From Lunar Orbiter V, a look at 92 kilometer-wide far side crater van'T Hoff (62.1°N,228.2°E) from 2,652 kilometers, over 59.72°N,248.5°W in 1968. Generally far from the orbital paths (also usually in darkness) during Apollo missions, until recently our only other best view of van'T Hoff was a single high-resolution image, also from Lunar Orbiter V (V-025-H2) spoiled in transmission or while being robotically developed. Perhaps the miracle-workers at LOIRP will one day salvage the image [V-025-M, NASA/JPL/LPI].
Forty years later, in 2008, while opening what may one day be called a new, second and international era of lunar exploration, Japan's Kaguya (SELENE-1) swept up van'T Hoff with its on-board HDTV camera [hdtv-002-5, JAXA/SELENE].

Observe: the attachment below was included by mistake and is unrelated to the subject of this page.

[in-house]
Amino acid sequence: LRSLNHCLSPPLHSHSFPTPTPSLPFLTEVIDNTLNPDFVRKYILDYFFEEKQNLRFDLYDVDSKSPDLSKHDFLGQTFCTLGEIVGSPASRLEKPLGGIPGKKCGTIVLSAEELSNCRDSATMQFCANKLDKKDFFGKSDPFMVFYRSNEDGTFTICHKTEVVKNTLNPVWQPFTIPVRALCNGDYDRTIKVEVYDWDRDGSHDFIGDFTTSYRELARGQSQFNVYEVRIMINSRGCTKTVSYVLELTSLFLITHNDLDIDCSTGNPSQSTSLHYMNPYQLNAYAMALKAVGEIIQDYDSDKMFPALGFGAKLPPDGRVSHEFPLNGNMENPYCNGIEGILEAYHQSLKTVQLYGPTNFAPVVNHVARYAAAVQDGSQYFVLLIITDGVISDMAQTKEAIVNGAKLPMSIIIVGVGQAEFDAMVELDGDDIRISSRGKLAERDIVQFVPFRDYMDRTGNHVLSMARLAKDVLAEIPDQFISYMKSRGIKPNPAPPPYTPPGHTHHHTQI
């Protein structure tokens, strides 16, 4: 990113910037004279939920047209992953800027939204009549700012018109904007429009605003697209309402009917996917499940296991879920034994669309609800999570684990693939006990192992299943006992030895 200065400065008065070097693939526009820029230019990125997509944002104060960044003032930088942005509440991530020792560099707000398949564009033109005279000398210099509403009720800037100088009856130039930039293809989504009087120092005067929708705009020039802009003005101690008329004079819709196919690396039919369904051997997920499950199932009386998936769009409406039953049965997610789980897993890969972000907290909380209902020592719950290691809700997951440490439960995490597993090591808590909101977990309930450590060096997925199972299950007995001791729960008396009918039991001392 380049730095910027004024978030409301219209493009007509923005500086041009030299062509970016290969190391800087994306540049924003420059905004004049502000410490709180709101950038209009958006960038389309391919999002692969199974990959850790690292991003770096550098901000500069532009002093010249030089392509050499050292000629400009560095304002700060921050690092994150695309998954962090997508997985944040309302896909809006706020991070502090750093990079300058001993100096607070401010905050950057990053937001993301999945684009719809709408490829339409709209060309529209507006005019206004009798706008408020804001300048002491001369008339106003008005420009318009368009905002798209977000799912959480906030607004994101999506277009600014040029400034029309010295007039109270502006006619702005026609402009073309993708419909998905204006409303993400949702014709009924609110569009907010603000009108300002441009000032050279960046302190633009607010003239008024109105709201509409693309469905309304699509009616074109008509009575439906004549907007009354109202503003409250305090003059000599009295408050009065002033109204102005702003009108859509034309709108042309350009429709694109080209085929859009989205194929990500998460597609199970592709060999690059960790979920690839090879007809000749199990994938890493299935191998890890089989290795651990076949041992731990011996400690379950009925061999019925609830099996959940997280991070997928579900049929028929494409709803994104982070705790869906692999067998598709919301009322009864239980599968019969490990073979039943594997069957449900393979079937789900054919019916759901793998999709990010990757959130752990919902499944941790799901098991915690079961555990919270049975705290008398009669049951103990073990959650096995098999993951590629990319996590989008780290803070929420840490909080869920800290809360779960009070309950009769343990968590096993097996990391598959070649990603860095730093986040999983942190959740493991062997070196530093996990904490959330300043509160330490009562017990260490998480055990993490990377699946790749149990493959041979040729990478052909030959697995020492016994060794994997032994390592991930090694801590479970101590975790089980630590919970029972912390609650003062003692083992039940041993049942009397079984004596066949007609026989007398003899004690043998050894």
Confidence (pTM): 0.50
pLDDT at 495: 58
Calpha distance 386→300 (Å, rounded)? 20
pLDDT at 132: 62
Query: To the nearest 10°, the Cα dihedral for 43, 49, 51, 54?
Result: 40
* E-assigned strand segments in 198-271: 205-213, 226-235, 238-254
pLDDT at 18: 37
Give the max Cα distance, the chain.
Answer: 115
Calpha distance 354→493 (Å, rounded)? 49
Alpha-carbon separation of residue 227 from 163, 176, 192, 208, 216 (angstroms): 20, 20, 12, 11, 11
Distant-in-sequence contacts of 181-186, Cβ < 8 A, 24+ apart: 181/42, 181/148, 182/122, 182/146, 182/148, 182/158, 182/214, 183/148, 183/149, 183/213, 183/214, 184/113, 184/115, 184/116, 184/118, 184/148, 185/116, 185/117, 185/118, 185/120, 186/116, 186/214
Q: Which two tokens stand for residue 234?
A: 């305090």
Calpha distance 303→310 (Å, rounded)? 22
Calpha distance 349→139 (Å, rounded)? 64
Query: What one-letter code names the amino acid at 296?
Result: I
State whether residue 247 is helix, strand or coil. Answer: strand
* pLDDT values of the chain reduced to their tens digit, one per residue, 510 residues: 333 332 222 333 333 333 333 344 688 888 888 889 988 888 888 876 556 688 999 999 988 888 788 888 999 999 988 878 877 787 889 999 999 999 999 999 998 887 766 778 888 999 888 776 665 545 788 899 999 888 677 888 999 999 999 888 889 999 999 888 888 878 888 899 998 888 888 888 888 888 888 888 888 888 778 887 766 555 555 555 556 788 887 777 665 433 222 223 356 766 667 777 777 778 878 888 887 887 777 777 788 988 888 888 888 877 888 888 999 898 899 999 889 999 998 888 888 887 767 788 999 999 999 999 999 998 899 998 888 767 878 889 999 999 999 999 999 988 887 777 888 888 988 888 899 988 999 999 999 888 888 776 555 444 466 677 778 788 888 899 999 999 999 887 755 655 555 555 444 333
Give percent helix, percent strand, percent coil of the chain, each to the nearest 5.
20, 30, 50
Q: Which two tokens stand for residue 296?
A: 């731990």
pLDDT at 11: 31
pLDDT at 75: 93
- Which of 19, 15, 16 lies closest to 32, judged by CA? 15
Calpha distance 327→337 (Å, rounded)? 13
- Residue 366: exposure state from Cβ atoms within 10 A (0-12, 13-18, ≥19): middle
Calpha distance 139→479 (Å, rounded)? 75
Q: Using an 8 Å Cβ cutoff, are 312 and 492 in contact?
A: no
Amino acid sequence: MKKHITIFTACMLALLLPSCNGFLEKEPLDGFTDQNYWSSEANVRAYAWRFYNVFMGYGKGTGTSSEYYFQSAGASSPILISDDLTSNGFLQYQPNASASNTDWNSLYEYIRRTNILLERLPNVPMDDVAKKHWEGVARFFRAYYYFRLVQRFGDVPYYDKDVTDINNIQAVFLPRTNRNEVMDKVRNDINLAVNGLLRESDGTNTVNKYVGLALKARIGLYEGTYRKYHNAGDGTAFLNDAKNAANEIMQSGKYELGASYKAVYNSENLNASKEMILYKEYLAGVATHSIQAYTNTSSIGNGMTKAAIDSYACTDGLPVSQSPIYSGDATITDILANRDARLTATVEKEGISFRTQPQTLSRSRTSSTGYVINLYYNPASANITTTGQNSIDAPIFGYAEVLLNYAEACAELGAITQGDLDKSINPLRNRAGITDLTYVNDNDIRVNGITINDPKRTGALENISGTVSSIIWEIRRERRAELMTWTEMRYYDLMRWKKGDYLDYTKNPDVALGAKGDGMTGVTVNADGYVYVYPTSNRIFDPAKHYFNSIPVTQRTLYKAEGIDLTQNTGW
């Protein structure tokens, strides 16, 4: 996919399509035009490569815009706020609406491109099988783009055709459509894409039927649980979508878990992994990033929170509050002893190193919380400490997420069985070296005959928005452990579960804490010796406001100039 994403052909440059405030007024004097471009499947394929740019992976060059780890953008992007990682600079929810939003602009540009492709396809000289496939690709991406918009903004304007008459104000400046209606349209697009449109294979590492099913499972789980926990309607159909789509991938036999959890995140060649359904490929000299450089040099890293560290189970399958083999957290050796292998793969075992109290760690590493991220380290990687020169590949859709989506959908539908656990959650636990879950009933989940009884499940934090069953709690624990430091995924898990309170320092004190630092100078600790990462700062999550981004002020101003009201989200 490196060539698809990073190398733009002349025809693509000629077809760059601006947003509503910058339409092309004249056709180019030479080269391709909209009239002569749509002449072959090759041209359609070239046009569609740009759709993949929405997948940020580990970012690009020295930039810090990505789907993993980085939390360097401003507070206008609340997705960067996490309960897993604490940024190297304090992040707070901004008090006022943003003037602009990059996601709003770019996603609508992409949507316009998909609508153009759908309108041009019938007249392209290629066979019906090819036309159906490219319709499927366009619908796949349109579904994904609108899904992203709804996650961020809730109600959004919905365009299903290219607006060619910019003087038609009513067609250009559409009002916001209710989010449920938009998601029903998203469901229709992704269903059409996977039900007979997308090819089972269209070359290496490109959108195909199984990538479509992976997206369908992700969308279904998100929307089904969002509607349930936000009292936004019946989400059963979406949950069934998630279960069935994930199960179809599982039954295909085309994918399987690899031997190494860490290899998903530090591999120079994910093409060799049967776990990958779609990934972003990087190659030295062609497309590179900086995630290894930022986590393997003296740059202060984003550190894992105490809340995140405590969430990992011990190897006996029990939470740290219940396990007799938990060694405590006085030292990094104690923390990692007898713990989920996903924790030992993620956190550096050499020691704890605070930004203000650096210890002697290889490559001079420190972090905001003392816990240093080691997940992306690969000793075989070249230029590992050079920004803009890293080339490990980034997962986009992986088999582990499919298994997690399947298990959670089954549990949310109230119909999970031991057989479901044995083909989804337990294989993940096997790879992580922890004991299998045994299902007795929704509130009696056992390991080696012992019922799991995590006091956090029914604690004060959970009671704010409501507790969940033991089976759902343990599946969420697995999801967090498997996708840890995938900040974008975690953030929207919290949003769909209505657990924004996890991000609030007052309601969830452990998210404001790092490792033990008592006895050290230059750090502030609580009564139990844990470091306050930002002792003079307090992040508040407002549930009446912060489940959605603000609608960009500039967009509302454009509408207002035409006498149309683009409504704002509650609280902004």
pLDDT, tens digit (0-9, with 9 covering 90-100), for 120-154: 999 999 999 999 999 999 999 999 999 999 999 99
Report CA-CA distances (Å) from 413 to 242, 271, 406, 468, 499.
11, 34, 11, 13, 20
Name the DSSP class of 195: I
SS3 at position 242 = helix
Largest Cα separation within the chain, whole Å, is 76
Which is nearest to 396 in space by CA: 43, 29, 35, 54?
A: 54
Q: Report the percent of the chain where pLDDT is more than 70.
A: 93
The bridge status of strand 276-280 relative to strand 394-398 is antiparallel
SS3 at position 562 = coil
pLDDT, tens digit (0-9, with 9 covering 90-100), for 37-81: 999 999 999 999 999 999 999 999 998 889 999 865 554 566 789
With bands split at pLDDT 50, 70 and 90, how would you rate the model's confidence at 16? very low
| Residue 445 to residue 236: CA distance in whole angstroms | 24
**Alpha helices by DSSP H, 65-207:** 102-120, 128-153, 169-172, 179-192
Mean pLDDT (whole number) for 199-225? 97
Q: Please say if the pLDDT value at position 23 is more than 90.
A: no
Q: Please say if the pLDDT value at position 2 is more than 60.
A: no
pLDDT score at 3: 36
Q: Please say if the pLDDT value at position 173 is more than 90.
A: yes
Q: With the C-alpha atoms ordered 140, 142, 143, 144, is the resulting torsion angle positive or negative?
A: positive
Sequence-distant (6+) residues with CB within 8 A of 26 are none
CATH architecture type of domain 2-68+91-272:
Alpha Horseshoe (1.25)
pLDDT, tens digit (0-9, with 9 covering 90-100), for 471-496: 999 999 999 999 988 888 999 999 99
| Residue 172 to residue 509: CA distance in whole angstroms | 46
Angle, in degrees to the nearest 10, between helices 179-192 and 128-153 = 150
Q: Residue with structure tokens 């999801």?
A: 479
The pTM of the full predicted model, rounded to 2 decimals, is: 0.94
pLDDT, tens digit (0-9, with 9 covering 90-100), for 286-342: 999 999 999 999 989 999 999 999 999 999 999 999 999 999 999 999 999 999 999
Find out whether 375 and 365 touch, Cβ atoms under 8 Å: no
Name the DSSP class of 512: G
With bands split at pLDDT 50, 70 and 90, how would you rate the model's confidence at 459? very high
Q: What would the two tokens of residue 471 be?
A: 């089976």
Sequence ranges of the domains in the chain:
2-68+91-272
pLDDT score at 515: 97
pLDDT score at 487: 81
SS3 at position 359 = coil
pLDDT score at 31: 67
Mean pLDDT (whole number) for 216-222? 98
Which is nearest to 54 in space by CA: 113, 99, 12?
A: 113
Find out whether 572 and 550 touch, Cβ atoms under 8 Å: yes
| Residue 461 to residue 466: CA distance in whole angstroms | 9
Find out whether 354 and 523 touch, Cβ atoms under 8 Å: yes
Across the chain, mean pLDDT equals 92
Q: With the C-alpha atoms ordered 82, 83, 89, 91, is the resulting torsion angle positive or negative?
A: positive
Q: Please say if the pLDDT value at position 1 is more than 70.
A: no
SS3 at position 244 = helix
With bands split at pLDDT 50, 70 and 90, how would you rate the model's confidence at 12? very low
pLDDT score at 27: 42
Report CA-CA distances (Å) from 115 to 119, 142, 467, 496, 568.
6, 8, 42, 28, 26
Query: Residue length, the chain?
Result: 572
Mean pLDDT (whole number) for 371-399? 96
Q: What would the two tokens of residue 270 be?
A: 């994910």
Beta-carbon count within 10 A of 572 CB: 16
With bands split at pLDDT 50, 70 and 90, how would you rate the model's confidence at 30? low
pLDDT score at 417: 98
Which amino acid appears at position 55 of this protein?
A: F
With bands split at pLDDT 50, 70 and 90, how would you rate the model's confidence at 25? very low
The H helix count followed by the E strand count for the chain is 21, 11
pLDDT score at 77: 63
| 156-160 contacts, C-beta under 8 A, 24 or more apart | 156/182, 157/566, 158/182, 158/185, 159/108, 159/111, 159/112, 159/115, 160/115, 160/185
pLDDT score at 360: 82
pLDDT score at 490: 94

While it's mission ended with heat rather than a controlled crash, results from the Lunar Laser Ranging instrument on-board India's Chandrayaan lunar orbiter have recently been released. Along with details of van'T Hoff, profiles of enormous Bailly and Clavius have been posted together with Stebbins and small-scale results of surveys of both the northern and southern polar regions of the Moon [ISRO/Chandrayaan/LLRI].